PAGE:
Five Star Mixtape 391: Five Great Blog Posts and a John Berger Quote
This week's Five Star Mixtape great blog roundup is brought to you by connection to the land, the need for active resistance, connection to other people, being okay with someone else's judgement, bad poetry, and the late John Berger:
"The Caretakers" by Antonia Malchik at True:
In that twenty years, my deepest writing became about place, and love of place, which means my deepest writing has also become about loss. We live in a world where love of land, love of place, love of home, means very little. We might value it in literature, but if a place must be sacrificed for a higher use, meaning a use that generates money, then love will not save it. That doesn’t make the love any less real.
"Fascism can't be stopped by fact-checking" by Daniel José Camacho at The Christian Century:
In light of everything that Trump has said and done, there can only be one proper response as Arendt argued in her context: “The only valid argument under such conditions is promptly to rescue the person whose death is predicted.” Neo-fascism can only be “fact-checked” by active resistance. It cannot be met halfway but must be opposed by people who are willing to take a courageous stand for an alternative political vision anchored in inclusion and justice.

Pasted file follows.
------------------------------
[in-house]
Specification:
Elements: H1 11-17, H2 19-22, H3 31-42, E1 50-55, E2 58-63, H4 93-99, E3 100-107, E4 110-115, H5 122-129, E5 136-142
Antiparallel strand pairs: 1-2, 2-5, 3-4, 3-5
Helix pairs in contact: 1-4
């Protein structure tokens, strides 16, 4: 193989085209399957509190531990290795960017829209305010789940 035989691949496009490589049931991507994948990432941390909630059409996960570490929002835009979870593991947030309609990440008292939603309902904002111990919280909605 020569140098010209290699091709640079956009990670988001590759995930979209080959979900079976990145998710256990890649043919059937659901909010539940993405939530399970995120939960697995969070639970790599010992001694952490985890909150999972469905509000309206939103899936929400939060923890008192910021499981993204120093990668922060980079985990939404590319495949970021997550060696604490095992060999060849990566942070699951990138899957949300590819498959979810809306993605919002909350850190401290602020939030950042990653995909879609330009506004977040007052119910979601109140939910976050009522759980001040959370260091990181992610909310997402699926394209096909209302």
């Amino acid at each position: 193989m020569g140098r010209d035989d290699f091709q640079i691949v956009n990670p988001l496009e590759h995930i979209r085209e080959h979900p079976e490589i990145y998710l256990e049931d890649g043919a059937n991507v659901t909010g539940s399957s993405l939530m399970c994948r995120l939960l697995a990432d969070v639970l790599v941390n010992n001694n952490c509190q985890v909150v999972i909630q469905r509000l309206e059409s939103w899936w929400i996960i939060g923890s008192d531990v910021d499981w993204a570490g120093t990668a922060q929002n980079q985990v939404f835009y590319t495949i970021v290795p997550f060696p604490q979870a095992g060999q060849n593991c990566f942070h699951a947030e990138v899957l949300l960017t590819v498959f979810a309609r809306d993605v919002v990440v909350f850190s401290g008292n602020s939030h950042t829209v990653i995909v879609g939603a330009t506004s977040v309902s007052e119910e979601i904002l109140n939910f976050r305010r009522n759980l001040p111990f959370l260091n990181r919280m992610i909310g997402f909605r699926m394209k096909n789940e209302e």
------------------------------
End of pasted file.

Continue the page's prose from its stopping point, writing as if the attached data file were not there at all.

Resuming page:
"See America by rail: some lessons from 2016" by Madeline Ashby at Dangerous to those who profit from the way things are:
“In America, no one wants to kill you. They just want you to die,” is how I would answer. They want you to die of poverty, or diabetes, or cancer, or illiteracy, or a learning disability, or another kind of disability, or PTSD, or abuse, or who knows what. But if you could just get on with it, that would be great. And it would make America great.
This isn’t to say that Americans as people want you to die this way. Some of them do, probably. But not all of them. Not by a long shot. But these are the rules of the game that is being an American. The rules are not designed for you to win. If everybody won, then the winners couldn’t feel like winners, any longer.
"Pamo vs Red" by Pam Huggins at Pamo's World:
“A murderer is about to be let out on parole. I can’t let that happen.” She crossed her arms over her chest and waited.
There I was, a hapless bird, flying straight into the nose of a speeding train. I forced the pen in a series of up and down strokes. The resulting line of jagged teeth was not an actual signature.
"After Reading Fifty Poems From the Best Literary Magazines" by Timothy Green at Timothy Green:
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